The plot wasn’t the only thing that was delivered well in this film though.  The next big strength of this film is the incredible array of comedy.  Unlike most modern day comedies, this film had a balance of comedy styles to keep the laughs rolling.  Sarcastic comments, well timed one liners, awkward situational comedy and many other tools kept me laughing the whole movie.  However, it is not just enough to have multiple comedy styles to keep the movie entertaining; the movie must also balance the amount of time each style is on screen.  Surprisingly this movie did just that, the sarcasm was not overdone, the disguised sexual limericks were placed at key moments, and the situational comedy was only used sparingly so that the cast didn’t look like clumsy fools.  Despite the balance though, there were two things in particular I enjoyed the most above the rest.  The first was some of the clever insults at modern day entertainment, such as shows like Glee and Modern Family.  I applaud the writers for poking at some of the overdramatic situations in these shows, and hope to see some similar styles in a possible sequel to this film.  The second thing I enjoyed the most was surprisingly Fat Amy (Rebel Wilson) who was perhaps the driving force for most of the comedy.  While Wilson’s characters are normally annoyingly stupid for me and spout random one liners that just don’t affect me, this movie was much different.  Amy’s dialog had a mixture of well-timed insults, over dramatic delivered lines, and of course some stupid comments that will keep the audience laughing.  But Amy’s words aren’t the only thing that keep the humor coming.  Amy also has some mannerisms, dance moves, and other actions that will have you in stitches.  Everything about this character is random and unpredictable and you never quite know what is going to happen next with her open book nature.  Throw in the other characters, some of which are incredibly beautiful, that she interacts with and you have perhaps one of the most entertaining characters since the sister in Bridesmaids.

I guess the other thing to talk about in this film is of course the film’s songs that most likely grabbed your attention.  It may surprise you that I actually enjoyed some of their covers, as both male and females were able to skillfully blend their voices to make a toe tapping number.  This movie covers many genres, but leans a little more towards the hip hop numbers that younger audience members will know.  I enjoyed the mash-ups in particular, as the directors manage to put a nice spin on songs that alone I wouldn’t have listened to.  The dance numbers that were mixed in were also enjoyable, as the performers moved, swayed, and glided across the stage to some good choreography, though most of their moves paled in comparison to the Step Up genre.  Another thing that I appreciated was that it was not just one person singing the song, cough Lea Michelle in Glee, but rather many of the characters had a chance to show off their pipes.  While many might be looking for one singer, this reviewer likes to see groups unite and keep the songs fresh and upbeat.  Finally, the music was selected more on entertainment rather than expressing emotion, which is what I wanted to see in a competitive singing movie.  That’s right folks when the characters sing it’s not because they are feeling sad about not getting a solo, but instead because the song fits in a competitive category.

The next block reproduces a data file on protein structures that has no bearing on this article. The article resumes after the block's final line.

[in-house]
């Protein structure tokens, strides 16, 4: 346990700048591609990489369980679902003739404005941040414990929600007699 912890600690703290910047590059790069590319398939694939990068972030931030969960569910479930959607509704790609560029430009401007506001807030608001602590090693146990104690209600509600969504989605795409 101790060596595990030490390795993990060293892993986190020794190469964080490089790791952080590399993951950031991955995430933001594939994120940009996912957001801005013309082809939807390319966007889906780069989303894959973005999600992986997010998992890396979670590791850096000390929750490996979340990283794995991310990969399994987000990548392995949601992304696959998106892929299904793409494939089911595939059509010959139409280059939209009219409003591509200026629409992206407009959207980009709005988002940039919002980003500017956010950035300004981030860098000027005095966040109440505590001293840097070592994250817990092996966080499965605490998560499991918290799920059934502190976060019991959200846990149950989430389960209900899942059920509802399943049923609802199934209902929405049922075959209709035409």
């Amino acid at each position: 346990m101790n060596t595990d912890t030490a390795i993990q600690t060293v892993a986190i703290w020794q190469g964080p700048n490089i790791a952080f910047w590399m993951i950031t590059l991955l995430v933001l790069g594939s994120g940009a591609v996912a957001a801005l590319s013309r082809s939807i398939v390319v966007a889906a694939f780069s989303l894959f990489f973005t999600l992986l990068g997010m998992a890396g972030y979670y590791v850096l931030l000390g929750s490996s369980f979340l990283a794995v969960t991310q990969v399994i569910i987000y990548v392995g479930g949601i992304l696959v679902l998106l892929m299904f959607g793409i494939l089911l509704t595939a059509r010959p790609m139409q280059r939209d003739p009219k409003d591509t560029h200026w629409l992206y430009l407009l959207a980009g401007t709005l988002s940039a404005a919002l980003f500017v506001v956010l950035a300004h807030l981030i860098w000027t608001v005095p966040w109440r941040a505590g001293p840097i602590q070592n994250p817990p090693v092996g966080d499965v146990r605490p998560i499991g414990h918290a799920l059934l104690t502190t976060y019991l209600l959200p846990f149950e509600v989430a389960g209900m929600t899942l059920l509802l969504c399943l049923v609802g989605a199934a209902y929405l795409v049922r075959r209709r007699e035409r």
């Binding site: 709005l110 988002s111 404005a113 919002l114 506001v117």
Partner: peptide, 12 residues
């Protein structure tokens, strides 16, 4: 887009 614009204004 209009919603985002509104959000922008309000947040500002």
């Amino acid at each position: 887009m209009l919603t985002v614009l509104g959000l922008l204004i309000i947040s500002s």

Okay to wrap this up, Pitch Perfect is indeed one of the more fun movies I’ve seen in a while.  With diverse and balanced comedy, entertaining numbers, good acting by many, and for me pretty girls with gorgeous smiles, many movie goers will not be disappointed.  I strongly recommend you go see this film and laugh your pants off at this feel good movie.  My only concern is that the popularity and vague ending might spur on a sequel that will be rushed and a mere shell of this movie, but that’s a bridge to cross later.  My scores for this movie are the following: